We don’t have to tell you it’s important to teach your children basic money skills. The big stumbling block is how to do it. Research shows that parents are the number one influence on a child’s financial behavior. Here are a few of my favorite activities to teach kids about basic financial principles, including charitable giving, delayed gratification, budgeting, saving money, and compounding interest.
Paying It Forward (as young as 4 years old)
Start by talking your child through why we all need to give, and how even a few dollars can make a big difference to someone in need. Then announce your matching offer: For every quarter your kid saves for charity, you’ll put in a quarter of your own. Children as young as 4 years old can usually understand this concept and typically get excited about the project. Research local organizations known for using small amounts of cash to do big things for a greater impact (i.e nearby animal shelter).
The Butterfly Effect (4 - 6 years old)
Delayed gratification may be the most critical money related skill you can teach a child. For kids, there’s no more magical way to develop the necessary patience than with a simple, affordable butterfly hatchery. During the month long period before you see actual butterflies, your child will have to carry out some simple tasks, such as stocking the enclosure with fresh food, keeping the place moist, and cleaning up the frass (that’s caterpillar poop to novices). To celebrate each stage of development, agree to put a dollar in a jar so your child watches her savings grow along with her future butterfly.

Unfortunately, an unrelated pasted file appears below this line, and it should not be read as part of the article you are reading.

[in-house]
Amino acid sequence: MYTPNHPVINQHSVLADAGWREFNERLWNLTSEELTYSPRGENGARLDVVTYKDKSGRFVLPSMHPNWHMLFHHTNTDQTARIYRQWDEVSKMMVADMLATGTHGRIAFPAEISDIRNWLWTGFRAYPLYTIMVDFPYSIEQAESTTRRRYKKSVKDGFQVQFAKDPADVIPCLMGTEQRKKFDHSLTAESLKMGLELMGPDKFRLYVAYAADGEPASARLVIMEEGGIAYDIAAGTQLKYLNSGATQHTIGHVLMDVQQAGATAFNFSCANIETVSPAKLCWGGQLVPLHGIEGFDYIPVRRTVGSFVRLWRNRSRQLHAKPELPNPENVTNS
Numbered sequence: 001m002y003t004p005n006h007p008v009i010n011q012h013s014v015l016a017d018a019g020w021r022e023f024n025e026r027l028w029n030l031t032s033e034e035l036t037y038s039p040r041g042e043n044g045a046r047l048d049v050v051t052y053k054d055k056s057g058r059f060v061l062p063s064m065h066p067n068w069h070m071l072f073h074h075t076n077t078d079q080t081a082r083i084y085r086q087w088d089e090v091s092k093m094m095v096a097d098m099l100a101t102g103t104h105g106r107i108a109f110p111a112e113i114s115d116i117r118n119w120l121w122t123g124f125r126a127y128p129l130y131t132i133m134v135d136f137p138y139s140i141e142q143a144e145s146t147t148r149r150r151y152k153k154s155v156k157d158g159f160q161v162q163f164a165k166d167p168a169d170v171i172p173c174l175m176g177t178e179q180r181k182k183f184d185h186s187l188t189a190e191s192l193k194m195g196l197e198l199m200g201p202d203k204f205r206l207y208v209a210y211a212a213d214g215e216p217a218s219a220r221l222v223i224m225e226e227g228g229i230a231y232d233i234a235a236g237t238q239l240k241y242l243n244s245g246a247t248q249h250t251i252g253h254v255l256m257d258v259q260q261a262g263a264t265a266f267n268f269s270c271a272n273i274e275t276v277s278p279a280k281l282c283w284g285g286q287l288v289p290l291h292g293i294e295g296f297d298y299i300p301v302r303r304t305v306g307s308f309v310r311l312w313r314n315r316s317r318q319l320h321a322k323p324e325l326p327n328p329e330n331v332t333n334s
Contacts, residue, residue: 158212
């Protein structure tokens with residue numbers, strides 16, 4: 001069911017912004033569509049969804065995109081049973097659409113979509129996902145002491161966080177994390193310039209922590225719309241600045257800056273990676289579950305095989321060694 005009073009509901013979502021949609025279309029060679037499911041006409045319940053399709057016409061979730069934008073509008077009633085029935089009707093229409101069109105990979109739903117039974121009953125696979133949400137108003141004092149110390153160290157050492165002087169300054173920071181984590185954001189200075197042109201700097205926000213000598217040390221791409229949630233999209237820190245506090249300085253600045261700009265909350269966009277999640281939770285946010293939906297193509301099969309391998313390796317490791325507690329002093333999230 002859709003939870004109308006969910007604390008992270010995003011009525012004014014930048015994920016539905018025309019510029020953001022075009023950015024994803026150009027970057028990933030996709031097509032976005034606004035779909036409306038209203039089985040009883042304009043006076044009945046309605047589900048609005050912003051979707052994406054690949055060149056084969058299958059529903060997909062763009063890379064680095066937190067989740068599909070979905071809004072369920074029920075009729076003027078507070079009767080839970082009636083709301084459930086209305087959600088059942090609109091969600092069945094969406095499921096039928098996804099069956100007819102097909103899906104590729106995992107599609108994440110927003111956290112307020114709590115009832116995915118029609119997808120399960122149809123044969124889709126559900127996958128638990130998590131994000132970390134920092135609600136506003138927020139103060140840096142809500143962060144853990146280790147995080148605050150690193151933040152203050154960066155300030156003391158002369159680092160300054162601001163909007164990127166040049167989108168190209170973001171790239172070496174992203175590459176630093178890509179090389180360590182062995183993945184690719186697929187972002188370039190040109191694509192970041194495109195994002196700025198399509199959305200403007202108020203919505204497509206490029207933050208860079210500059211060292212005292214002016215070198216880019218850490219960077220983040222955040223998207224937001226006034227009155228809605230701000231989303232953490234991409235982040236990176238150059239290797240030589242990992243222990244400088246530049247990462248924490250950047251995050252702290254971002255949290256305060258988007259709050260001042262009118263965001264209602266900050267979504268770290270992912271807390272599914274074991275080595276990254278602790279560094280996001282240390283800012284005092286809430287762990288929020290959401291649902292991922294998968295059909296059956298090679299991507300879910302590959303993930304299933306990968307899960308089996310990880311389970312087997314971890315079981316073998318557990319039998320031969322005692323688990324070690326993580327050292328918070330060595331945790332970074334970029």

Pie in the Sky (6 years and older)
Teach your child how to draw up and execute a budget with a quick visit to your local bakery. Let them pick out their favorite pie or dessert to begin the challenge. Can they bake the same treat for less? Head to the grocery store, armed with a recipe, to price each ingredient. If the total comes in under the bakery price, get cooking. If not, you’ll have to comparison-shop—can he find a less expensive vanilla extract?— until you hit on a way to do it for less.
Way More Interest-ing (7 years and older)
Compounding interest is a cornerstone of personal finance. Not only does our invested money earn interest, its interest earns interest as well. Since savings accounts these days fetch a measly 1 percent at most, demonstrate the principle with an exaggerated rate: 100 percent.
Start by giving your child a penny. Each day after, pay him interest equaling the amount they already have: On day two, give the child one more penny, bringing their total to two cents; on day three, give them two more. Stop on day 11, unless you’re willing to part with serious cash. By then, that penny will have grown to $10.24—all thanks to compounding interest.